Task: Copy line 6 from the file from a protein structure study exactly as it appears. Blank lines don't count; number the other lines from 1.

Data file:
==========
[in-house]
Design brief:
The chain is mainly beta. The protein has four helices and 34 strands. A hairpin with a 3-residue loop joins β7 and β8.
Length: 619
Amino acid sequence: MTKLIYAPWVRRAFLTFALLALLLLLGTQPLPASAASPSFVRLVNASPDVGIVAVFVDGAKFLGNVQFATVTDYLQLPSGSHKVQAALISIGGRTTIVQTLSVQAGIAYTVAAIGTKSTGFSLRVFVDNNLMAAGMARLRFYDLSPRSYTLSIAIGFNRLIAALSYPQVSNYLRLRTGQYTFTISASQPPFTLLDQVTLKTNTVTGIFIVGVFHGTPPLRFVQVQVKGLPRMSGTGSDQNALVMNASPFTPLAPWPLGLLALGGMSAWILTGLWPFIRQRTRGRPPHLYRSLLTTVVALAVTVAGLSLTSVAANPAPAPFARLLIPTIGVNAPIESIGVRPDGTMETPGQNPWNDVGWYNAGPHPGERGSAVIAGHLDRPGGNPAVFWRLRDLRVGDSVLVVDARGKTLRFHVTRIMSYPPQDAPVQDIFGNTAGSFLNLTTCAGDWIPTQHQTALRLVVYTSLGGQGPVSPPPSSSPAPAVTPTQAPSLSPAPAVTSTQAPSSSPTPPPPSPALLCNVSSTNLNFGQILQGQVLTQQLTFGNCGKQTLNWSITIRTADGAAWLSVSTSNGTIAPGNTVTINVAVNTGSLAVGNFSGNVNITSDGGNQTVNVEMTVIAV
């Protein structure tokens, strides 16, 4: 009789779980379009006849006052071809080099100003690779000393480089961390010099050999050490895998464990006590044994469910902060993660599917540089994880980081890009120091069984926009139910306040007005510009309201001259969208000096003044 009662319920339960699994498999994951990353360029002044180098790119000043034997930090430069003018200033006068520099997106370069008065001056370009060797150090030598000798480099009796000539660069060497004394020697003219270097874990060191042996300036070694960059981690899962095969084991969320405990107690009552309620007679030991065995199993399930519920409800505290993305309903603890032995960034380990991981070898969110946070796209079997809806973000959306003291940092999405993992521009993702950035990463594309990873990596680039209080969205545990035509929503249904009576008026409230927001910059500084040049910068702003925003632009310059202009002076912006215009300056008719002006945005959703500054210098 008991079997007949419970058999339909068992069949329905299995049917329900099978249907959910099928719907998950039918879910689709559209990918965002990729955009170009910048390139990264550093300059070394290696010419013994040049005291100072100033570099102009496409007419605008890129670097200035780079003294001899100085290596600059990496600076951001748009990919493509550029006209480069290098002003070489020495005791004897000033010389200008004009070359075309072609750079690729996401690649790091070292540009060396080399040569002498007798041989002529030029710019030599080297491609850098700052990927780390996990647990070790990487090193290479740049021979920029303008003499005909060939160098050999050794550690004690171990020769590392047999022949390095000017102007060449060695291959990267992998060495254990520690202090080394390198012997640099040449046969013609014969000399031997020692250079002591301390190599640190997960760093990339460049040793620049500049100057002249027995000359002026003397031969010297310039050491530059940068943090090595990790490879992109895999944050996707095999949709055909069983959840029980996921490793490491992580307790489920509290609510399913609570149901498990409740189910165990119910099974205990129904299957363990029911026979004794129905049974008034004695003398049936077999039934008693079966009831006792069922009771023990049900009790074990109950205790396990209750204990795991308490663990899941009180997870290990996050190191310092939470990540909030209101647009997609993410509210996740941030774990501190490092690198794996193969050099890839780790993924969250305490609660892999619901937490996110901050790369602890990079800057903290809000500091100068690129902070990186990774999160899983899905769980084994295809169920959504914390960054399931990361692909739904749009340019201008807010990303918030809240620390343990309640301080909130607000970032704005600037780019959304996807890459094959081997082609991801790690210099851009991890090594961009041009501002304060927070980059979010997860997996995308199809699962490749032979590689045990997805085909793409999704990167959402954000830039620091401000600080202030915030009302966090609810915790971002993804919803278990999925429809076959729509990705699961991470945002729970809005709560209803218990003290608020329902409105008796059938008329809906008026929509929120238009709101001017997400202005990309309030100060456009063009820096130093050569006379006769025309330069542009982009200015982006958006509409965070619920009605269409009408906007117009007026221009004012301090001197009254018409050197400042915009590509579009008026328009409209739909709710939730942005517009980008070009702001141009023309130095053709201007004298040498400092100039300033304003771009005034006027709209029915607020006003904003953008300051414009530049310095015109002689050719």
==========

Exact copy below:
């Protein structure tokens, strides 16, 4: 009789779980379009006849006052071809080099100003690779000393480089961390010099050999050490895998464990006590044994469910902060993660599917540089994880980081890009120091069984926009139910306040007005510009309201001259969208000096003044 009662319920339960699994498999994951990353360029002044180098790119000043034997930090430069003018200033006068520099997106370069008065001056370009060797150090030598000798480099009796000539660069060497004394020697003219270097874990060191042996300036070694960059981690899962095969084991969320405990107690009552309620007679030991065995199993399930519920409800505290993305309903603890032995960034380990991981070898969110946070796209079997809806973000959306003291940092999405993992521009993702950035990463594309990873990596680039209080969205545990035509929503249904009576008026409230927001910059500084040049910068702003925003632009310059202009002076912006215009300056008719002006945005959703500054210098 008991079997007949419970058999339909068992069949329905299995049917329900099978249907959910099928719907998950039918879910689709559209990918965002990729955009170009910048390139990264550093300059070394290696010419013994040049005291100072100033570099102009496409007419605008890129670097200035780079003294001899100085290596600059990496600076951001748009990919493509550029006209480069290098002003070489020495005791004897000033010389200008004009070359075309072609750079690729996401690649790091070292540009060396080399040569002498007798041989002529030029710019030599080297491609850098700052990927780390996990647990070790990487090193290479740049021979920029303008003499005909060939160098050999050794550690004690171990020769590392047999022949390095000017102007060449060695291959990267992998060495254990520690202090080394390198012997640099040449046969013609014969000399031997020692250079002591301390190599640190997960760093990339460049040793620049500049100057002249027995000359002026003397031969010297310039050491530059940068943090090595990790490879992109895999944050996707095999949709055909069983959840029980996921490793490491992580307790489920509290609510399913609570149901498990409740189910165990119910099974205990129904299957363990029911026979004794129905049974008034004695003398049936077999039934008693079966009831006792069922009771023990049900009790074990109950205790396990209750204990795991308490663990899941009180997870290990996050190191310092939470990540909030209101647009997609993410509210996740941030774990501190490092690198794996193969050099890839780790993924969250305490609660892999619901937490996110901050790369602890990079800057903290809000500091100068690129902070990186990774999160899983899905769980084994295809169920959504914390960054399931990361692909739904749009340019201008807010990303918030809240620390343990309640301080909130607000970032704005600037780019959304996807890459094959081997082609991801790690210099851009991890090594961009041009501002304060927070980059979010997860997996995308199809699962490749032979590689045990997805085909793409999704990167959402954000830039620091401000600080202030915030009302966090609810915790971002993804919803278990999925429809076959729509990705699961991470945002729970809005709560209803218990003290608020329902409105008796059938008329809906008026929509929120238009709101001017997400202005990309309030100060456009063009820096130093050569006379006769025309330069542009982009200015982006958006509409965070619920009605269409009408906007117009007026221009004012301090001197009254018409050197400042915009590509579009008026328009409209739909709710939730942005517009980008070009702001141009023309130095053709201007004298040498400092100039300033304003771009005034006027709209029915607020006003904003953008300051414009530049310095015109002689050719």